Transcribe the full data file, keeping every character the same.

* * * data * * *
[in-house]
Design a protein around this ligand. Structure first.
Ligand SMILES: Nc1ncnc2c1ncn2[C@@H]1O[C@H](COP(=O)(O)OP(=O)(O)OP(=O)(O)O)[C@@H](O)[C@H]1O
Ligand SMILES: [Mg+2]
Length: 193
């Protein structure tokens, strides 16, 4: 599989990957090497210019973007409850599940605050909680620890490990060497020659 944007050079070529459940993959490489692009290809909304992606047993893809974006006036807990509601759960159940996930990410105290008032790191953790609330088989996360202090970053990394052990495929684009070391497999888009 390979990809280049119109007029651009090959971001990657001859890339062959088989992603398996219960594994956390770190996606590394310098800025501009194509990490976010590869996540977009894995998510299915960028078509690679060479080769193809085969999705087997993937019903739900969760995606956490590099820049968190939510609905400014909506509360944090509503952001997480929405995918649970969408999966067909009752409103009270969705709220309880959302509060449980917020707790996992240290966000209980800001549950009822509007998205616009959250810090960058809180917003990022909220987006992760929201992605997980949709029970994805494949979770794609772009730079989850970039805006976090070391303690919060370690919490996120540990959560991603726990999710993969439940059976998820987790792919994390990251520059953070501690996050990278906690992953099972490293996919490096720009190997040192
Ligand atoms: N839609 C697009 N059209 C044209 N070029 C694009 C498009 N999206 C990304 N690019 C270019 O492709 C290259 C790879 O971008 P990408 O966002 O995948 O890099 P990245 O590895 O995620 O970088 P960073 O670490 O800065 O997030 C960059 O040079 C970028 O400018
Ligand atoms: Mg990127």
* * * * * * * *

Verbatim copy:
[in-house]
Design a protein around this ligand. Structure first.
Ligand SMILES: Nc1ncnc2c1ncn2[C@@H]1O[C@H](COP(=O)(O)OP(=O)(O)OP(=O)(O)O)[C@@H](O)[C@H]1O
Ligand SMILES: [Mg+2]
Length: 193
């Protein structure tokens, strides 16, 4: 599989990957090497210019973007409850599940605050909680620890490990060497020659 944007050079070529459940993959490489692009290809909304992606047993893809974006006036807990509601759960159940996930990410105290008032790191953790609330088989996360202090970053990394052990495929684009070391497999888009 390979990809280049119109007029651009090959971001990657001859890339062959088989992603398996219960594994956390770190996606590394310098800025501009194509990490976010590869996540977009894995998510299915960028078509690679060479080769193809085969999705087997993937019903739900969760995606956490590099820049968190939510609905400014909506509360944090509503952001997480929405995918649970969408999966067909009752409103009270969705709220309880959302509060449980917020707790996992240290966000209980800001549950009822509007998205616009959250810090960058809180917003990022909220987006992760929201992605997980949709029970994805494949979770794609772009730079989850970039805006976090070391303690919060370690919490996120540990959560991603726990999710993969439940059976998820987790792919994390990251520059953070501690996050990278906690992953099972490293996919490096720009190997040192
Ligand atoms: N839609 C697009 N059209 C044209 N070029 C694009 C498009 N999206 C990304 N690019 C270019 O492709 C290259 C790879 O971008 P990408 O966002 O995948 O890099 P990245 O590895 O995620 O970088 P960073 O670490 O800065 O997030 C960059 O040079 C970028 O400018
Ligand atoms: Mg990127």